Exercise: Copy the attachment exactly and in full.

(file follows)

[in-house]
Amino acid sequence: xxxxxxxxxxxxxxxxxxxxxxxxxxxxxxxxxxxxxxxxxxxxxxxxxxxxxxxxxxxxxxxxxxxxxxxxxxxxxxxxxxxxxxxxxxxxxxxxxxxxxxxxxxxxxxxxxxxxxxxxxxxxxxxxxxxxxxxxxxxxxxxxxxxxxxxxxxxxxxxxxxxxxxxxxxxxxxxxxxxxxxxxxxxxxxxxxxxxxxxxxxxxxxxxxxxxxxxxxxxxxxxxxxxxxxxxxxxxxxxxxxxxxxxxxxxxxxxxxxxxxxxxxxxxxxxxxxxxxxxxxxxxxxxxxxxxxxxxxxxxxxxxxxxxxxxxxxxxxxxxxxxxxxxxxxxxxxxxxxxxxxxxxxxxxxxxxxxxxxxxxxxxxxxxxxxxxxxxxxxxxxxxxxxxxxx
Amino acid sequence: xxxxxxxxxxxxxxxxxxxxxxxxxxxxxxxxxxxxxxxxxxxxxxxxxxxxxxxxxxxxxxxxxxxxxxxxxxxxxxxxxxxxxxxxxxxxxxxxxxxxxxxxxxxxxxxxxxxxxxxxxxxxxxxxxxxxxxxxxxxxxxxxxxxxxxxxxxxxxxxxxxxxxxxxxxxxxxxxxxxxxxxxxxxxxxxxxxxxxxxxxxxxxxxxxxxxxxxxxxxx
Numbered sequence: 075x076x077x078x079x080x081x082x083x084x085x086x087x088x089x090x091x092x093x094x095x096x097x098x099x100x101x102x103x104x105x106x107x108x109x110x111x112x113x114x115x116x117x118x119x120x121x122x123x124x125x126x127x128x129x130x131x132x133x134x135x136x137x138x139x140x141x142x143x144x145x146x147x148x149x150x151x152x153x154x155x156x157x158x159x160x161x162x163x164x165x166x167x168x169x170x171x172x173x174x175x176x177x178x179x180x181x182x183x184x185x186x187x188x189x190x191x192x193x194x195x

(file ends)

[in-house]
Amino acid sequence: xxxxxxxxxxxxxxxxxxxxxxxxxxxxxxxxxxxxxxxxxxxxxxxxxxxxxxxxxxxxxxxxxxxxxxxxxxxxxxxxxxxxxxxxxxxxxxxxxxxxxxxxxxxxxxxxxxxxxxxxxxxxxxxxxxxxxxxxxxxxxxxxxxxxxxxxxxxxxxxxxxxxxxxxxxxxxxxxxxxxxxxxxxxxxxxxxxxxxxxxxxxxxxxxxxxxxxxxxxxxxxxxxxxxxxxxxxxxxxxxxxxxxxxxxxxxxxxxxxxxxxxxxxxxxxxxxxxxxxxxxxxxxxxxxxxxxxxxxxxxxxxxxxxxxxxxxxxxxxxxxxxxxxxxxxxxxxxxxxxxxxxxxxxxxxxxxxxxxxxxxxxxxxxxxxxxxxxxxxxxxxxxxxxxxxx
Amino acid sequence: xxxxxxxxxxxxxxxxxxxxxxxxxxxxxxxxxxxxxxxxxxxxxxxxxxxxxxxxxxxxxxxxxxxxxxxxxxxxxxxxxxxxxxxxxxxxxxxxxxxxxxxxxxxxxxxxxxxxxxxxxxxxxxxxxxxxxxxxxxxxxxxxxxxxxxxxxxxxxxxxxxxxxxxxxxxxxxxxxxxxxxxxxxxxxxxxxxxxxxxxxxxxxxxxxxxxxxxxxxxx
Numbered sequence: 075x076x077x078x079x080x081x082x083x084x085x086x087x088x089x090x091x092x093x094x095x096x097x098x099x100x101x102x103x104x105x106x107x108x109x110x111x112x113x114x115x116x117x118x119x120x121x122x123x124x125x126x127x128x129x130x131x132x133x134x135x136x137x138x139x140x141x142x143x144x145x146x147x148x149x150x151x152x153x154x155x156x157x158x159x160x161x162x163x164x165x166x167x168x169x170x171x172x173x174x175x176x177x178x179x180x181x182x183x184x185x186x187x188x189x190x191x192x193x194x195x